It typically only takes a few viral particles to enter your body to trigger an infection. But if the initial invasion is triggered by a larger number of viruses, the infection can also be more severe.
We don’t yet know just how much the initial viral load (also called the infectious dose) matters for COVID-19, or whether more severe cases manifest themselves through a larger viral load inside the body.
However, there are already a few studies on this issue, and researchers are starting to suspect that this parameter might play a more important role than was initially suspected.
The initial load
“In general with respiratory viruses, the outcome of infection – whether you get severely ill or only get a mild cold – can sometimes be determined by how much virus actually got into your body and started the infection off. It’s all about the size of the armies on each side of the battle, a very large virus army is difficult for our immune systems army to fight off,” says Professor Wendy Barclay, Head of Department of Infectious Disease, Imperial College London.
It’s not a novel concept. For influenza, a higher infectious dose has been associated with worse symptoms. However, the influenza studies were carried out by exposing volunteers to escalating doses of the virus, in a carefully monitored and controlled setting. This is very unlikely to happen with COVID-19, considering its severity, so we will have to look for evidence in other studies.
Animals infected with higher doses of SARS and MERS (two coronaviruses which also triggered severe outbreaks) also experienced worse outcomes. Of course, this is no guarantee that the same would happen in humans, or even that the same would happen with the novel coronavirus. However, it is a strong indication that that might be the case — and this is what most epidemiologists seem to be thinking at the moment.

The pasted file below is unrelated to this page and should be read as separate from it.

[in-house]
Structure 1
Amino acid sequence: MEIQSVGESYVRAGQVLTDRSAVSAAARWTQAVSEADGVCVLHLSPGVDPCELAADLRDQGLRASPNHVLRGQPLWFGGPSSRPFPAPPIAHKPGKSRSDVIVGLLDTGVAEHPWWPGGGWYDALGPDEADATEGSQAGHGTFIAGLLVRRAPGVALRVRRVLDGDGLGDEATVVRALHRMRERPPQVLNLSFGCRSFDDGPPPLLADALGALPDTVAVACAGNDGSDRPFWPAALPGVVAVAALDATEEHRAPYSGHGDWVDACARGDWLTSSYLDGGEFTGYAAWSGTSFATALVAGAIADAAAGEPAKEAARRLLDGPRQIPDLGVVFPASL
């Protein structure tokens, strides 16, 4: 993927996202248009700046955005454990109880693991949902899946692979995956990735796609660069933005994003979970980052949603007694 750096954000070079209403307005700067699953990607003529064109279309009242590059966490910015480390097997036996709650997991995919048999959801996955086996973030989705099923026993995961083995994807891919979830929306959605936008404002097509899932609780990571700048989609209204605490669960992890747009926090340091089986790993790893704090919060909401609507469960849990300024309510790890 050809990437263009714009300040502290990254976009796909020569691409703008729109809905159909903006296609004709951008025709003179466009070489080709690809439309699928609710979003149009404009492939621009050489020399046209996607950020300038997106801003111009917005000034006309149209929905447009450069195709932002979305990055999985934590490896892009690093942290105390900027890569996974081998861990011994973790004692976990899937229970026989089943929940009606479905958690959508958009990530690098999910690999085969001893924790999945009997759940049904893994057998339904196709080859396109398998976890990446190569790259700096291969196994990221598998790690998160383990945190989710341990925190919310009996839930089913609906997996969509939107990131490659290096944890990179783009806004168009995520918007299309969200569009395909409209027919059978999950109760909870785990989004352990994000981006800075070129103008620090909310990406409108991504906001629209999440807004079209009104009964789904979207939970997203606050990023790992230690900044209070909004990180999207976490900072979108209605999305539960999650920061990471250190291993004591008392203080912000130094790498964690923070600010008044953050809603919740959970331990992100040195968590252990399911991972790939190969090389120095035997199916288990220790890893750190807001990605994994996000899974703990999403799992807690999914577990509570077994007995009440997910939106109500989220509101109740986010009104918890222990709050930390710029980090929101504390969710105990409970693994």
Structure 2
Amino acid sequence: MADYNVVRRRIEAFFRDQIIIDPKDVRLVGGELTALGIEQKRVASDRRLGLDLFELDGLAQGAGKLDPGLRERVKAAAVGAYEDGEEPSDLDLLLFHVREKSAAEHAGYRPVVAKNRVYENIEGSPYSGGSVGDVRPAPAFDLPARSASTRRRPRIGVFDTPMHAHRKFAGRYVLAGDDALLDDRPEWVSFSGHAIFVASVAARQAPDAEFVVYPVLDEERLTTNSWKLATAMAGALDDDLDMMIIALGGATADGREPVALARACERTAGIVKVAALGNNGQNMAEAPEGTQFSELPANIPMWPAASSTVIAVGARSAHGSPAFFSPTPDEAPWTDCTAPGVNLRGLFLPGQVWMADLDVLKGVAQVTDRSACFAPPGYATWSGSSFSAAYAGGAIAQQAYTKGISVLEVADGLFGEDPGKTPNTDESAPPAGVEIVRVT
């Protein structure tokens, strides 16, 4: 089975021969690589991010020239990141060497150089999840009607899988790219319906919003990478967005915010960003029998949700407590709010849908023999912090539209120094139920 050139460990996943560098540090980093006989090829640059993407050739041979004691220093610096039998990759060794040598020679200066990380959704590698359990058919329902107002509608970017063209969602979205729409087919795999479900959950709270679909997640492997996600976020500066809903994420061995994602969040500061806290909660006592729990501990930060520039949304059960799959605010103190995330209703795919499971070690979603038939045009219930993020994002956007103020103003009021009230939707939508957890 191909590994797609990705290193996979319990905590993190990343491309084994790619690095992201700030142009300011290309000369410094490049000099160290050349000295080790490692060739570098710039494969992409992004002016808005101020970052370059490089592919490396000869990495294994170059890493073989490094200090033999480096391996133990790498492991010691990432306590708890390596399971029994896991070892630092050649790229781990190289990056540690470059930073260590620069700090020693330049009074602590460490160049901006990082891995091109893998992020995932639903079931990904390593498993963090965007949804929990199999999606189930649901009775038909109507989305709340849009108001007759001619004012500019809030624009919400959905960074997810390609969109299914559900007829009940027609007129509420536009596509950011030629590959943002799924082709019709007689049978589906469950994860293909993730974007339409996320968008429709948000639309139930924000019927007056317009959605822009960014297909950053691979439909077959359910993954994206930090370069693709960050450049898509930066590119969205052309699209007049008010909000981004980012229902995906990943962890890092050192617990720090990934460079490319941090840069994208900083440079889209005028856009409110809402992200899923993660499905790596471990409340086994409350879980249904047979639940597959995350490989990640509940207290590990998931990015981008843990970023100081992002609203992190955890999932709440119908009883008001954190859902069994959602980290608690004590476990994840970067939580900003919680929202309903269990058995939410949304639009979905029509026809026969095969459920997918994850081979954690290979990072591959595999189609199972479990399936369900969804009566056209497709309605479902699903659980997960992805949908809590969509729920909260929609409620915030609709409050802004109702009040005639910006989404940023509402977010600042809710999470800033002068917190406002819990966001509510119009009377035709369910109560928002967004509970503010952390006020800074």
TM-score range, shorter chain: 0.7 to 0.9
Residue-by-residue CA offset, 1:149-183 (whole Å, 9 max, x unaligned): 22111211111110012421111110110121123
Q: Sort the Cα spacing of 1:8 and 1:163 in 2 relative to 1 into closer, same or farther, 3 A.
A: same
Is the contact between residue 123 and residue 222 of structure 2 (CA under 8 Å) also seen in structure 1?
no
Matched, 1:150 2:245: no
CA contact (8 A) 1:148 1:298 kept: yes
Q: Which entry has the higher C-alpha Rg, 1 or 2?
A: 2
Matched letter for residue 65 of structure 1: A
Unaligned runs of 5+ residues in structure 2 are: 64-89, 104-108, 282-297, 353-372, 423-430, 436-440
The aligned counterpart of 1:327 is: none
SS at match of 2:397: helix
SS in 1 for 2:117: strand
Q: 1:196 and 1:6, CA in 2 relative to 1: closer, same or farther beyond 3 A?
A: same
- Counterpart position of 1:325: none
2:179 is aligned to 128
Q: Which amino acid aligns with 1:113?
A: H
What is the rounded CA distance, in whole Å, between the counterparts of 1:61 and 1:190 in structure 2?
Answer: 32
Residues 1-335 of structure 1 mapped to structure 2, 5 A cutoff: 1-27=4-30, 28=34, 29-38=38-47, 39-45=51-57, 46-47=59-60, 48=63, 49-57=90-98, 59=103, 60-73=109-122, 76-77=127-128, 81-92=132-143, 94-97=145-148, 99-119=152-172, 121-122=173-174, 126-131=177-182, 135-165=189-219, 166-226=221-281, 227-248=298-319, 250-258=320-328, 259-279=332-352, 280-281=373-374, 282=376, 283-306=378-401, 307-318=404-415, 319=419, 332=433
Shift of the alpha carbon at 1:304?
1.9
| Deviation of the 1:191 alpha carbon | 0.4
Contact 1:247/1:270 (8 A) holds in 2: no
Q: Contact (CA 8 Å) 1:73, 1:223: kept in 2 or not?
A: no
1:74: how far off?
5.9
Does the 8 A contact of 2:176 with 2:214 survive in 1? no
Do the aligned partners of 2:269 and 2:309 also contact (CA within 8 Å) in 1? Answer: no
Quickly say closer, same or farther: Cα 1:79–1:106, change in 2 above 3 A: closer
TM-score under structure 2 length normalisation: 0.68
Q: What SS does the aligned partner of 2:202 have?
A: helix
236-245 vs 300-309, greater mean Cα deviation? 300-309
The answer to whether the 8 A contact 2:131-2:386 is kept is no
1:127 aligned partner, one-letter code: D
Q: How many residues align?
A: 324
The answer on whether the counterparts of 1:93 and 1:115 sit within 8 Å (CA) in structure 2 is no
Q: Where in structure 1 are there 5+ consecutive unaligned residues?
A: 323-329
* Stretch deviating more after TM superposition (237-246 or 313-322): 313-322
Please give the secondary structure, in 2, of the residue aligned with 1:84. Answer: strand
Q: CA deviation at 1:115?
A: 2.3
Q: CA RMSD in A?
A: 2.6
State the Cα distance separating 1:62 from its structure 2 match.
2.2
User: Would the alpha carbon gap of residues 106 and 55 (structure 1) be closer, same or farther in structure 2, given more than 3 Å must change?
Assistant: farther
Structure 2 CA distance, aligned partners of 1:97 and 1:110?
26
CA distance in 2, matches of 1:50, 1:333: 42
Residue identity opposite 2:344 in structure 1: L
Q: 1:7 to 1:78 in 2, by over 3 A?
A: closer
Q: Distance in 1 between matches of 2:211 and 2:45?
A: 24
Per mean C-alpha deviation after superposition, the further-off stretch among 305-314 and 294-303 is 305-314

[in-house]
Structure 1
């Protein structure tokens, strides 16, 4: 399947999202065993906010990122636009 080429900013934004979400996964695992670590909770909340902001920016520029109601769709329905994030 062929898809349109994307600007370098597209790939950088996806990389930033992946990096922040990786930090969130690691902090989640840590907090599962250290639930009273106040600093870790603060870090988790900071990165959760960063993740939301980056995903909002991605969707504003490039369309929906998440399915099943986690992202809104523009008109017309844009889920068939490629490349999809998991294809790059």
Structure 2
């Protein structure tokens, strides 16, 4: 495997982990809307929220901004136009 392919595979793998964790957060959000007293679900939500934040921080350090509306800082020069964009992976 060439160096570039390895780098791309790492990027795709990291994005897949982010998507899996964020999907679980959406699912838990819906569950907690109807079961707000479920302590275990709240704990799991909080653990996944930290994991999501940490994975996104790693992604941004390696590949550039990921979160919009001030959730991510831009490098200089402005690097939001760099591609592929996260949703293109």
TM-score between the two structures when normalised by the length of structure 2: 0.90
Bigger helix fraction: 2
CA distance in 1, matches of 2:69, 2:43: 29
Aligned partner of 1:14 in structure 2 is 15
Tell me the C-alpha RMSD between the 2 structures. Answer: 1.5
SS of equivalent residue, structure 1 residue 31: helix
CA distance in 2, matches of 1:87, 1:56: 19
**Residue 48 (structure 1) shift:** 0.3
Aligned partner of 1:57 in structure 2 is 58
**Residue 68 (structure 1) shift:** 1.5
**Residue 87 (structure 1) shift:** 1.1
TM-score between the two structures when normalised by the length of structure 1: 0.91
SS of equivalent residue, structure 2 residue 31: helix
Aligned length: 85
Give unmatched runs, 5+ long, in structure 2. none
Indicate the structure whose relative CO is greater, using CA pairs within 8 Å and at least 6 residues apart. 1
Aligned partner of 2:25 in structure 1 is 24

“On the basis of previous work on SARS and MERS coronaviruses, we know that exposure to higher doses are associated with a worse outcome and this may be likely in the case of Covid-19 as well,” says Professor Willem van Schaik, Professor in Microbiology and Infection at the University of Birmingham.
This would also help explain why some healthcare workers seem to exhibit more severe infections than average — it’s not just that they are risking infection, but they are probably getting a larger infection dose.
“The amount of virus we are exposed to at the start of an infection is referred to as the ‘infectious dose’. For influenza, we know that that initial exposure to more virus – or a higher infectious dose – appears to increase the chance of infection and illness. Studies in mice have also shown that repeated exposure to low doses may be just as infectious as a single high dose,” adds Dr. Edward Parker, Research Fellow in Systems Biology at the London School of Hygiene and Tropical Medicine,
Reducing the frequency and intensity of exposure to SARs-CoV-2 might reduce the infectious dose and result in less severe cases — this is what we should be doing anyway to reduce the risk of transmission.
The infected viral load